International basketball star returns

By Meghan Finlayson


Live your lives without boundaries, said international basketball player and University alum JR Holden ’98, who led the Russian Olympic Team to Beijing and has been rated as one of the top five influential Americans to have played overseas.

Holden came to the Barnes & Noble at Bucknell University bookstore to promote and sign his book “Blessed Foosteps,” which documents his incredible professional international basketball career, this past Homecoming Weekend on Oct. 22. 

Holden was born in Pittsburgh, Pa. and began playing basketball at age eight. Patrick Flannery, former basketball coach at the University, recruited Holden in 1994. Holden attended and played basketball at the University, graduating in 1998. He had an incredible career and was inducted into the University Hall of Fame in 2008. Although he always dreamed of playing in the NBA, he went on to play professional basketball in Europe. He has lived in Latvia, Belgium, Greece and Russia, where he currently resides and plays. He threw the game-winning basket to beat Spain, giving Russia its first gold medal in the 2007 FIBA European Basketball Championship.

“He is a great person: sincere, honest, bright and talented. Totally motivated to succeed … we have remained close friends,” Flannery said.

Holden’s recently published memoir serves as a tribute to perseverance and faith. He wrote it for his daughter, and it has become a national hit. The memoir also is said by many to have the potential to become a film.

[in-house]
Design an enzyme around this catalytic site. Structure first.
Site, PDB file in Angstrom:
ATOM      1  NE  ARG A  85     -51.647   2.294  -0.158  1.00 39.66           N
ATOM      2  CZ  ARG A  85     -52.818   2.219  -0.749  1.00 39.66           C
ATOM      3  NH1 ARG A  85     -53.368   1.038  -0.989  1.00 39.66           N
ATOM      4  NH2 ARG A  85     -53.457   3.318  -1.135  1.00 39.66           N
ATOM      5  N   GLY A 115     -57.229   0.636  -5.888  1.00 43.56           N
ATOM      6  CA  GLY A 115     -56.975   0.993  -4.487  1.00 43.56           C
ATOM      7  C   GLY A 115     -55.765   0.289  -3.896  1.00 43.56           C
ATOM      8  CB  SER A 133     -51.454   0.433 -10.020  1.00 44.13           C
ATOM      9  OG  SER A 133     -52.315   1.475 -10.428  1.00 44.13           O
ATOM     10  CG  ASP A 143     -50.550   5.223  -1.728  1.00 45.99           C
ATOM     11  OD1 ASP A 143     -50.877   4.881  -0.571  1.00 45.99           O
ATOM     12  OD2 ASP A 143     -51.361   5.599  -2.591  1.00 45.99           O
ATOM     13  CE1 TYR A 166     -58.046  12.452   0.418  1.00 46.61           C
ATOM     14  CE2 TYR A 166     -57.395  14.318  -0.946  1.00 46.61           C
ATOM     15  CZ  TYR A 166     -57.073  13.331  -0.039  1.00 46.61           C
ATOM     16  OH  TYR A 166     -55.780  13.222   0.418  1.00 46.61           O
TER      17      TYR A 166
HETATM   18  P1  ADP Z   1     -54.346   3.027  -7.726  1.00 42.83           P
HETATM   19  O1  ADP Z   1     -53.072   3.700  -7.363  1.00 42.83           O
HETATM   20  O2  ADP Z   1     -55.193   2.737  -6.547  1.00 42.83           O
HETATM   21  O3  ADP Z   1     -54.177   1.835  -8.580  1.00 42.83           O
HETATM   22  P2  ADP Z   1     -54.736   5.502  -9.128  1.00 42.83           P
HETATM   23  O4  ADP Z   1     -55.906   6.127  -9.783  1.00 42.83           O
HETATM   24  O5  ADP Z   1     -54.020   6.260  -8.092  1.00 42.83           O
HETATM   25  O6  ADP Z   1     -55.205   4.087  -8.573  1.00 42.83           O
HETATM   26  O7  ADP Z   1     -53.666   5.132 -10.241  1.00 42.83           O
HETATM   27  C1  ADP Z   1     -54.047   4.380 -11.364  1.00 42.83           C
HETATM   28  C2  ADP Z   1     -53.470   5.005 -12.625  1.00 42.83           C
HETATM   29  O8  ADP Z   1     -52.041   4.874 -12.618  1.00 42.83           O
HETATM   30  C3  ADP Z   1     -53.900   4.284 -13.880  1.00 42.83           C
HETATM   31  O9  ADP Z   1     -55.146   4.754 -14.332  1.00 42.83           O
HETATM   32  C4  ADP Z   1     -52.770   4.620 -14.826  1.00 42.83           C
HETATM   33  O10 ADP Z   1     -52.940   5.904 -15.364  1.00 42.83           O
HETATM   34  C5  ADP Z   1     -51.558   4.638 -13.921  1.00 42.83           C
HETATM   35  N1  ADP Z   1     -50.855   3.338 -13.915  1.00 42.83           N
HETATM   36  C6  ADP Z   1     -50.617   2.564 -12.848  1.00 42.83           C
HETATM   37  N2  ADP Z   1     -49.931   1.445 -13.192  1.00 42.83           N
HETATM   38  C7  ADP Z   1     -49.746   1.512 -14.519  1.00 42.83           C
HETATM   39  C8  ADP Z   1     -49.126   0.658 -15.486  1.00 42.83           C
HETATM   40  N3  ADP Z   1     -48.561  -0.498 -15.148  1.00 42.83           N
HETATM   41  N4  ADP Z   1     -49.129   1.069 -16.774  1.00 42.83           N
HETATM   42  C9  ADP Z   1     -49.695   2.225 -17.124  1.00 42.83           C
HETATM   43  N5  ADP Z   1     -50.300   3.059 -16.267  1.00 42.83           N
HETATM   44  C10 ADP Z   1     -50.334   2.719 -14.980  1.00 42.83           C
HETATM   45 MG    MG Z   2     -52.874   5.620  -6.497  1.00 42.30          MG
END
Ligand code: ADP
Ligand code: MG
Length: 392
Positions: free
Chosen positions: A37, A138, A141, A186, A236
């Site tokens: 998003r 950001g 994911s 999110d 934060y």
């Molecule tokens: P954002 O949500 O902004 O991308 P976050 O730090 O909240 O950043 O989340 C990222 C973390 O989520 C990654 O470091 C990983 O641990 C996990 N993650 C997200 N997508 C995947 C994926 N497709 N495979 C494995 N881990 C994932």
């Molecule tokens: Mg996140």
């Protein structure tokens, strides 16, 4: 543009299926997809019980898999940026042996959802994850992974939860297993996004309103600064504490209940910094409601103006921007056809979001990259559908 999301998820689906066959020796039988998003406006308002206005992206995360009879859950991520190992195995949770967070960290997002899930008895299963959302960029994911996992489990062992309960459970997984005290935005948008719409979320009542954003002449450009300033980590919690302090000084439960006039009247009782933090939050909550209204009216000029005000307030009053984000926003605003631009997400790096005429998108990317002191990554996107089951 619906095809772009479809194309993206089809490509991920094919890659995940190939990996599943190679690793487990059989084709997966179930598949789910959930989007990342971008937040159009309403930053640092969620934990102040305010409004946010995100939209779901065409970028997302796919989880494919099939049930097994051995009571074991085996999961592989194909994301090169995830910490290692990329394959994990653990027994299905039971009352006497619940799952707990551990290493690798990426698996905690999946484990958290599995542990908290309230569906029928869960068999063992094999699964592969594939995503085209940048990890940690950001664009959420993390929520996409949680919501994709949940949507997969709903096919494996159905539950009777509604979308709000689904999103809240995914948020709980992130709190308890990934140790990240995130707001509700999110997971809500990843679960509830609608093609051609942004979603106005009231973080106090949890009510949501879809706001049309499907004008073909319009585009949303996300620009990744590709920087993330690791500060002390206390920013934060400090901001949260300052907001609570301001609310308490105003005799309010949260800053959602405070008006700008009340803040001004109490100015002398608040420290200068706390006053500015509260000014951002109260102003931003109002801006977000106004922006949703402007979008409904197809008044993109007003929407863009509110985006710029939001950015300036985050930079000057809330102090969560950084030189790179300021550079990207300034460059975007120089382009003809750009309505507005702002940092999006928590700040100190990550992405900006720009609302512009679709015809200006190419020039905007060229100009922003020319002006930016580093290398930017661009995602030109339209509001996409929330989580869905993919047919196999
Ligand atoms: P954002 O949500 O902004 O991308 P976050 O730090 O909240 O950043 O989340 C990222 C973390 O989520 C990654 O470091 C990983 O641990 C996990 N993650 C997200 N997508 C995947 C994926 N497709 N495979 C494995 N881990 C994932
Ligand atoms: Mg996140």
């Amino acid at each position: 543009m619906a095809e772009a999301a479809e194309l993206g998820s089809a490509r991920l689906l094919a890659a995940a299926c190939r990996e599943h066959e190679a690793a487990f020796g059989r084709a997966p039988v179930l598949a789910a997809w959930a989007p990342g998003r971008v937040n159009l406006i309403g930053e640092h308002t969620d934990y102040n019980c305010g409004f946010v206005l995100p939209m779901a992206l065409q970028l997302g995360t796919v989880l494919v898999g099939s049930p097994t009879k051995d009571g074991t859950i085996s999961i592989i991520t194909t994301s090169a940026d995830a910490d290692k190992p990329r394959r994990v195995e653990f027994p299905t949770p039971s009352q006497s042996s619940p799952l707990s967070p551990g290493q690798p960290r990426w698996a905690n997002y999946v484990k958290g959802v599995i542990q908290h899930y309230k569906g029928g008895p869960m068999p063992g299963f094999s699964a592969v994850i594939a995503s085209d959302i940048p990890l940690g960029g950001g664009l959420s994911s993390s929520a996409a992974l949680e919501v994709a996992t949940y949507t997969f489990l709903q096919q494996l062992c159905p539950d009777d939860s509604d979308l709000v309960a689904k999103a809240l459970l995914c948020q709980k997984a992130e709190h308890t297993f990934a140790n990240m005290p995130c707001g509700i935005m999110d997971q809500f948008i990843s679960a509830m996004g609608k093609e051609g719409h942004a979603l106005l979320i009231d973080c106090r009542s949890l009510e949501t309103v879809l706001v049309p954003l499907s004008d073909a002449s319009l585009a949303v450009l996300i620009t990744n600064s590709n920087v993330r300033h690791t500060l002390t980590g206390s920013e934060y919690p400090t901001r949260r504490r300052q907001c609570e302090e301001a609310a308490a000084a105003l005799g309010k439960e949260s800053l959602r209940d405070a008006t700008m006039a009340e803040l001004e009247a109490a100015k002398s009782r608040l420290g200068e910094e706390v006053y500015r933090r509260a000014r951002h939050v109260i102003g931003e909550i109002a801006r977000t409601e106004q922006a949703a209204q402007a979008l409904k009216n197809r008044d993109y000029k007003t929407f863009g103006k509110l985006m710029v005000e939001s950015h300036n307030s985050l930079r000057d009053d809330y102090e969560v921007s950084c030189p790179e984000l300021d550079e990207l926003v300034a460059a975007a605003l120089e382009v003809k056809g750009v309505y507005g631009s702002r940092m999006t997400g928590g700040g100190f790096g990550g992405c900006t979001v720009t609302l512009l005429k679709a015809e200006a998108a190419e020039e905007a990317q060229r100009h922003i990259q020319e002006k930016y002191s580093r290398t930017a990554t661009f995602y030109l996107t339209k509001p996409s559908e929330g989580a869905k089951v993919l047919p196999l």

“Hard work and dedication will pay off when times get tough,” Holden said. It took a lot of both to get where he is today. The book follows Holden’s journey in the development of his professional career.

“There are many messages that one can take [from the book],” Holden said. “One: that living life without boundaries could be the key to your success, and two: that when it’s all said and done, you have to be able to look in the mirror and know that you did everything you could to reach your own personal greatness.”

“The book should motivate, inspire and allow people to dream,” Flannery said. 

Holden’s memoir seemed to be well-received by students.

“It is great to hear about what the alumni achieve, and I was happy I got the chance to meet [Holden] and hear about the book,” Tara McCann ’13 said. 

Holden offered some last words of advice to athletes and University students. 

“Enjoy this time at school. This could be the last time you pursue your passion with no boundaries … and believe in yourself enough to know that anything you want in life is attainable,” Holden said.

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